Author Interviews, Biomarkers, Genetic Research, Personalized Medicine, Prostate Cancer / 17.02.2017 Interview with: Dr. John L. Gore, MD Associate Professor Adjunct Associate Professor-Surgery Department of Urology University of Washington What is the background for this study? What are the main findings? Response: The rationale for our study derives from the uncertainty that both patients and clinicians confront when trying to make decisions about adjuvant therapy for prostate cancers found to have aggressive pathologic features at the time of radical prostatectomy. There is level 1 evidence in support of adjuvant radiation therapy in this setting, but several factors restrain providers from recommending adjuvant radiation. We found that interjecting a genomic test that predicts the risk of clinical metastases 5 years after surgery impacts the treatment recommended and helps men and clinicians feel more confident in the decision they are making or recommending. (more…)
Author Interviews, Lancet, Prostate Cancer / 20.01.2017 Interview with: Dr. Nina Klemann MD, PhD-student Copenhagen Prostate Cancer Center Copenhagen What is the background for this study? Response: For 30 years, ultrasound-guided biopsies of the prostate have been used in the evaluation of men suspected for prostate cancer. The biopsy needles are employed systematically into the prostate at different sites where prostate cancer is typically present. However, it has been recognized for years, that there is a risk of not hitting the cancer areas, simply by chance. Although cancer diagnosis may be missed in the initial biopsy set by sampling error, it has been a continuous debate whether lethal prostate cancer is missed. Today, we know that prostate cancer is a common finding in men age 50-80, but that the life-time risk of prostate cancer death in this age-group is low. Consequently, we know that there is a considerable risk of diagnosing, and ultimately treating, a disease that will never result in symptoms or death. (more…)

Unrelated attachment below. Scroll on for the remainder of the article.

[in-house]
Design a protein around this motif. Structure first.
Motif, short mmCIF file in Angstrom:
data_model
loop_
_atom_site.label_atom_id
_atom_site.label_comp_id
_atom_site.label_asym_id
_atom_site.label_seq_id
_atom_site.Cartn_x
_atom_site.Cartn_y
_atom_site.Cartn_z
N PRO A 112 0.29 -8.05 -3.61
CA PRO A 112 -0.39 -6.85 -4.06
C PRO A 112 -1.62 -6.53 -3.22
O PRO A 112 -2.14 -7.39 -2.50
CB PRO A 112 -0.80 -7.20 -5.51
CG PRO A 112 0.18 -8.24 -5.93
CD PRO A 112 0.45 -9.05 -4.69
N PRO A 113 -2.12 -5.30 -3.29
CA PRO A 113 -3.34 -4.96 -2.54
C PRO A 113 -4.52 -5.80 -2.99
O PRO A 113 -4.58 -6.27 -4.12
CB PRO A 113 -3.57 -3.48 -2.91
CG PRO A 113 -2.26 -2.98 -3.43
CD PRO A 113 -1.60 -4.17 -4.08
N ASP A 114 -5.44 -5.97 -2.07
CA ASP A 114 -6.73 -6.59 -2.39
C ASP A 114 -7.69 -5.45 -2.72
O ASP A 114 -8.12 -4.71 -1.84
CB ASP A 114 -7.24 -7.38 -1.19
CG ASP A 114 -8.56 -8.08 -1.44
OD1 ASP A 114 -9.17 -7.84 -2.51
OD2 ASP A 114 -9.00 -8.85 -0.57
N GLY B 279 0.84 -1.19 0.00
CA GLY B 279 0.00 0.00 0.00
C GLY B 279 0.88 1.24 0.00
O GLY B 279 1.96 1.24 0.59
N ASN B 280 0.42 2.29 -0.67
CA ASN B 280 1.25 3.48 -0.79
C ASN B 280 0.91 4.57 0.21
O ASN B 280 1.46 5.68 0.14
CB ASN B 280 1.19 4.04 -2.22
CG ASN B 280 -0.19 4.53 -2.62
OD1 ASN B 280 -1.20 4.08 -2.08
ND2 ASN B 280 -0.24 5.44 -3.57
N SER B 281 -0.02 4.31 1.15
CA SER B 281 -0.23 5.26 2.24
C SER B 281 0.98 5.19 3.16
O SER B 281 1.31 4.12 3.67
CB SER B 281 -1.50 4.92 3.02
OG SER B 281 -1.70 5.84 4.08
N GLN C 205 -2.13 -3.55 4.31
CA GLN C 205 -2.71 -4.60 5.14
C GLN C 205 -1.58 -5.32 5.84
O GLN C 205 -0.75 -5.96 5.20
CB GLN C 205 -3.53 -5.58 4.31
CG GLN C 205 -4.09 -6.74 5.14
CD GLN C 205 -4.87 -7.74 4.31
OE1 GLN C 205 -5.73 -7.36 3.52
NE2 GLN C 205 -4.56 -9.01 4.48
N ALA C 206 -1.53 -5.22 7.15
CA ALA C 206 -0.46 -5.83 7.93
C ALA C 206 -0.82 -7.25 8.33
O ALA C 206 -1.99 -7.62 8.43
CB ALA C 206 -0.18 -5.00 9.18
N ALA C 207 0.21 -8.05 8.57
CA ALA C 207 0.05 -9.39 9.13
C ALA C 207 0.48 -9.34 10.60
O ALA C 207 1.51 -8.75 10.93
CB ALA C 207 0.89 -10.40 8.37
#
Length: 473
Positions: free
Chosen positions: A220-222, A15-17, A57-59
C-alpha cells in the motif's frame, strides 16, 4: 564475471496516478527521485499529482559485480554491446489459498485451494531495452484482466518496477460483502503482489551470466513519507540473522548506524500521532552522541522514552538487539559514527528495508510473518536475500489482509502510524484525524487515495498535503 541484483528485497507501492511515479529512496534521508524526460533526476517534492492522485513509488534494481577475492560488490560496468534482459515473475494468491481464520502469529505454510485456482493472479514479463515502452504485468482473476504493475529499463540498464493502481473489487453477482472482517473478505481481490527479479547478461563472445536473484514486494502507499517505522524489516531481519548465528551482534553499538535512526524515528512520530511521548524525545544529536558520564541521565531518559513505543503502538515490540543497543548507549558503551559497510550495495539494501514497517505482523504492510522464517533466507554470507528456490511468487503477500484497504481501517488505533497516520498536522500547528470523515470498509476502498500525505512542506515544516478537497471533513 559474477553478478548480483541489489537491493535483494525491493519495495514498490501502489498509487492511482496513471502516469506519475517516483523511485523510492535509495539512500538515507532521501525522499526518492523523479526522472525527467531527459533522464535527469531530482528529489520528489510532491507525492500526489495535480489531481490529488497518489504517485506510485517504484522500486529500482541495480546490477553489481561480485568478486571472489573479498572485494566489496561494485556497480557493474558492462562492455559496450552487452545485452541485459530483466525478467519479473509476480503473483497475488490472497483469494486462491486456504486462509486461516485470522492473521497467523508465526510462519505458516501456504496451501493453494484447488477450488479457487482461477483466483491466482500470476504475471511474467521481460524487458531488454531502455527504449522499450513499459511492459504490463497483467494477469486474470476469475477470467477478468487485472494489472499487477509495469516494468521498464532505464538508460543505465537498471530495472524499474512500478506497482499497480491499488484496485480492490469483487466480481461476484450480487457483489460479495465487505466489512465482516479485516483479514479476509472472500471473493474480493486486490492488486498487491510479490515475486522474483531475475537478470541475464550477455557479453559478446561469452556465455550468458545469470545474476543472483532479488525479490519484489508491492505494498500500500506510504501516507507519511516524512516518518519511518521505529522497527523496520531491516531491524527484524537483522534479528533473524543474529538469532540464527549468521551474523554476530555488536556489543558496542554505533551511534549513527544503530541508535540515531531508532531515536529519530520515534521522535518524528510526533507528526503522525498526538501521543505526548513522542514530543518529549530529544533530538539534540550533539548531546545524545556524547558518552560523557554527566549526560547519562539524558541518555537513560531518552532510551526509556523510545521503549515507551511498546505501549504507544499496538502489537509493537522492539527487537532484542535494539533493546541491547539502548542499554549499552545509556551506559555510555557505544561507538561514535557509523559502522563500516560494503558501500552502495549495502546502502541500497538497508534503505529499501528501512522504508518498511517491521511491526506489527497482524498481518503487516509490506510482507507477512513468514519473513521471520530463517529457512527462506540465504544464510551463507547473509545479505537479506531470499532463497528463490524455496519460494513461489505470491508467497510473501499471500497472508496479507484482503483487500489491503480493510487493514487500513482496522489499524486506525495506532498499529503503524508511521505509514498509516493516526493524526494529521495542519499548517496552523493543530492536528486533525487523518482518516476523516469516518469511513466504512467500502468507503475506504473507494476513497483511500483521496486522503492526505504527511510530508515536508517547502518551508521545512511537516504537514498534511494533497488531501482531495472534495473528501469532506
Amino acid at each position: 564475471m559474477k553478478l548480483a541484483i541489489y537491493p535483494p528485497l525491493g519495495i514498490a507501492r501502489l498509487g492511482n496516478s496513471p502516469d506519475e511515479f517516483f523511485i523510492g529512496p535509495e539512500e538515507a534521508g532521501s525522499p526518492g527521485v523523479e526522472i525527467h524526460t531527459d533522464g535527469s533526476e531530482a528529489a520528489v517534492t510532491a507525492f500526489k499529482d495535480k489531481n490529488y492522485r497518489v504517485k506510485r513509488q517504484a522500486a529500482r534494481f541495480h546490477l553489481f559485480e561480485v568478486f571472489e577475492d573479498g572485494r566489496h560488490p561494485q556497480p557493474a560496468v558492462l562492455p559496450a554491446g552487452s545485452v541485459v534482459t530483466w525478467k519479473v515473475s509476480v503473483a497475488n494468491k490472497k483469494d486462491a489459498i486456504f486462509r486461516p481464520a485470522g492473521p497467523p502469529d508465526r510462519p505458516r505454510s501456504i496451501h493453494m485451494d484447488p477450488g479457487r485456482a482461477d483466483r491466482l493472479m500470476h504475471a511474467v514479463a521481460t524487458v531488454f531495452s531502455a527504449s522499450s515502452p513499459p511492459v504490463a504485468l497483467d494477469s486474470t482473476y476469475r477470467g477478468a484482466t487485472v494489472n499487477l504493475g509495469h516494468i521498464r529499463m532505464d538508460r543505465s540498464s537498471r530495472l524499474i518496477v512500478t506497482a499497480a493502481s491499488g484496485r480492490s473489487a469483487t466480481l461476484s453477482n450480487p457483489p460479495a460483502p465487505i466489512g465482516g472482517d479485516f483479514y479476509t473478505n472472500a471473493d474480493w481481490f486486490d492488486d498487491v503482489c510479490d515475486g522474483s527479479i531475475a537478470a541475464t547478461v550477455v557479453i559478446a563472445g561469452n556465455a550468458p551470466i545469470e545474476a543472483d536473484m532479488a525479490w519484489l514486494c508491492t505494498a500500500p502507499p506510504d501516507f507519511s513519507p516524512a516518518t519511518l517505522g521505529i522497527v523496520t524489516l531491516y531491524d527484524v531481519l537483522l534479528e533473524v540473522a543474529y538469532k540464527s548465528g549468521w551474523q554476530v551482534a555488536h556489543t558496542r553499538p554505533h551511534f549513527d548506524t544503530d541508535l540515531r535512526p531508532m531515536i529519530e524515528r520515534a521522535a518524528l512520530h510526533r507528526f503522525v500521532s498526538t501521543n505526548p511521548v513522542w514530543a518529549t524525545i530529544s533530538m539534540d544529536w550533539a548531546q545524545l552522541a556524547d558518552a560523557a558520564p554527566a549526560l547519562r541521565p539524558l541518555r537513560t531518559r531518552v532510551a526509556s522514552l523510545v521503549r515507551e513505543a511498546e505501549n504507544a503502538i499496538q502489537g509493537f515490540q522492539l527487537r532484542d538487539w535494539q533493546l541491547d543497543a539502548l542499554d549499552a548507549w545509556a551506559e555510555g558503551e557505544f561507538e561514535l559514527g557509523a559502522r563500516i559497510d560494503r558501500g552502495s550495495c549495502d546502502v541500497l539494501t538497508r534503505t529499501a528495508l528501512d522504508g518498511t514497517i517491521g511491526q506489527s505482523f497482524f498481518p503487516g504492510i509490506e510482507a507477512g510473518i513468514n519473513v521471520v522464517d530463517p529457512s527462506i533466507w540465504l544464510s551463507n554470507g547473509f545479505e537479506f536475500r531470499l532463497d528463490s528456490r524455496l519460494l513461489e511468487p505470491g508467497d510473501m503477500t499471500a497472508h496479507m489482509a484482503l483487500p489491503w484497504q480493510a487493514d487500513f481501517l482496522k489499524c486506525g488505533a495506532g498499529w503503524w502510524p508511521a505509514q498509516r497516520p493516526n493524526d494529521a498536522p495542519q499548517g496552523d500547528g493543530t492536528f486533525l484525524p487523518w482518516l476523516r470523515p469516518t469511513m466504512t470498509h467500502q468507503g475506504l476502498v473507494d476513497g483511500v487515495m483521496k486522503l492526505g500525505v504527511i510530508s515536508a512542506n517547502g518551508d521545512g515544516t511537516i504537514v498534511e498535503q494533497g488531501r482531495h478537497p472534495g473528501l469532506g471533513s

Author Interviews, Biomarkers, JAMA, Prostate Cancer, Radiation Therapy / 13.01.2017 Interview with: Trevor Royce MD MS Resident, Harvard Radiation Oncology Program What is the background for this study? What are the main findings? Response: Clinical trials in early prostate cancer take more than a decade to report on. Multiple early reporting endpoints have been proposed, but which one is best, remains unknown, until now. Of all the possible early endpoints examined, to date, how low a PSA blood test falls to, after treatment with radiation and hormonal therapy, appears to be the best, specifically, if the PSA doesn’t get below half a point, that patient is very likely to die of prostate cancer if given standard treatment for recurrence. Those men deserve prompt enrollment on clinical trials in order to properly save their life. (more…)
Annals Internal Medicine, Author Interviews, Breast Cancer, Cancer Research, Prostate Cancer / 13.01.2017 Interview with: Karsten Juhl Jørgensen, MD, Dr. MedSci The Nordic Cochrane Centre Rigshospitalet, Copenhagen What is the background for this study? What are the main findings? Response: Our systematic Cochrane review of the original randomised breast screening trials showed substantial conflict between their estimates of the benefit. Some trials showed a large benefit, others none or a small benefit. This difference was related to the design of the trials. The most optimistic trials were those with suboptimal randomisation. The main findings of our current study support those of the most rigorously performed randomised trials: breast screening does not fulfill its fundamental premise, which is to reduce the occurrence of late stage disease. This means a mortality reduction is unlikely and that use of less invasive surgery due to breast screening is also unlikely. However, we did find very substantial increases in early stage breast cancer, which persisted over our 17 year observation period. This means that breast screening likely leads to substantial overdiagnosis of breast cancers that would otherwise not have caused health problems during a woman’s lifetime. We estimate that 1 in 3 breast cancers detected in a screened population is likely overdiagnosed. (more…)